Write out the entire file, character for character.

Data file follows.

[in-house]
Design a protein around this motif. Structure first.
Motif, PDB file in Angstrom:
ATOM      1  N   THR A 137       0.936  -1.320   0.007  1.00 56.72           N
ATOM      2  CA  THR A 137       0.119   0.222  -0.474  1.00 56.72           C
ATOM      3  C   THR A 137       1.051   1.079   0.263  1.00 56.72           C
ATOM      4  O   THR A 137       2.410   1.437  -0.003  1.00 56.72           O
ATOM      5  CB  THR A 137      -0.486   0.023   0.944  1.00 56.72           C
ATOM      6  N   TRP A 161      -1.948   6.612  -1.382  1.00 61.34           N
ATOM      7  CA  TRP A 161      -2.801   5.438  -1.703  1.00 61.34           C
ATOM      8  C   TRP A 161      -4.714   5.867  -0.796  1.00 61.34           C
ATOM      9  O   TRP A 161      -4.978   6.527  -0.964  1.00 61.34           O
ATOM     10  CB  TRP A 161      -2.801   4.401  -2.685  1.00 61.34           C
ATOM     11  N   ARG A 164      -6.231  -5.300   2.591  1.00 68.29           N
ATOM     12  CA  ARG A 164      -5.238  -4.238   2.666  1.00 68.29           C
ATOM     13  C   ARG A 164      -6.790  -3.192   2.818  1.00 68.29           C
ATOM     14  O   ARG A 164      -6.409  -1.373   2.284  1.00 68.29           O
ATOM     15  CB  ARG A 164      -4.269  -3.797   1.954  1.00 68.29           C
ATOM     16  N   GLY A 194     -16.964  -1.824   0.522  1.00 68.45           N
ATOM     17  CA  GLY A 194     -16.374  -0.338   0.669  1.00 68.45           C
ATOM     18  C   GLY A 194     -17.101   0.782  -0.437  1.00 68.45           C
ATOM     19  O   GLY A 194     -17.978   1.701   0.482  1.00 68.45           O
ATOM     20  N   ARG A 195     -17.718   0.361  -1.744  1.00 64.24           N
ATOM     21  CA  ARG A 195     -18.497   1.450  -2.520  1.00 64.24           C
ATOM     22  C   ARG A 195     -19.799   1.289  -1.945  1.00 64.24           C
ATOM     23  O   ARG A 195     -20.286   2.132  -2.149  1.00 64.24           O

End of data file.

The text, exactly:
[in-house]
Design a protein around this motif. Structure first.
Motif, PDB file in Angstrom:
ATOM      1  N   THR A 137       0.936  -1.320   0.007  1.00 56.72           N
ATOM      2  CA  THR A 137       0.119   0.222  -0.474  1.00 56.72           C
ATOM      3  C   THR A 137       1.051   1.079   0.263  1.00 56.72           C
ATOM      4  O   THR A 137       2.410   1.437  -0.003  1.00 56.72           O
ATOM      5  CB  THR A 137      -0.486   0.023   0.944  1.00 56.72           C
ATOM      6  N   TRP A 161      -1.948   6.612  -1.382  1.00 61.34           N
ATOM      7  CA  TRP A 161      -2.801   5.438  -1.703  1.00 61.34           C
ATOM      8  C   TRP A 161      -4.714   5.867  -0.796  1.00 61.34           C
ATOM      9  O   TRP A 161      -4.978   6.527  -0.964  1.00 61.34           O
ATOM     10  CB  TRP A 161      -2.801   4.401  -2.685  1.00 61.34           C
ATOM     11  N   ARG A 164      -6.231  -5.300   2.591  1.00 68.29           N
ATOM     12  CA  ARG A 164      -5.238  -4.238   2.666  1.00 68.29           C
ATOM     13  C   ARG A 164      -6.790  -3.192   2.818  1.00 68.29           C
ATOM     14  O   ARG A 164      -6.409  -1.373   2.284  1.00 68.29           O
ATOM     15  CB  ARG A 164      -4.269  -3.797   1.954  1.00 68.29           C
ATOM     16  N   GLY A 194     -16.964  -1.824   0.522  1.00 68.45           N
ATOM     17  CA  GLY A 194     -16.374  -0.338   0.669  1.00 68.45           C
ATOM     18  C   GLY A 194     -17.101   0.782  -0.437  1.00 68.45           C
ATOM     19  O   GLY A 194     -17.978   1.701   0.482  1.00 68.45           O
ATOM     20  N   ARG A 195     -17.718   0.361  -1.744  1.00 64.24           N
ATOM     21  CA  ARG A 195     -18.497   1.450  -2.520  1.00 64.24           C
ATOM     22  C   ARG A 195     -19.799   1.289  -1.945  1.00 64.24           C
ATOM     23  O   ARG A 195     -20.286   2.132  -2.149  1.00 64.24           O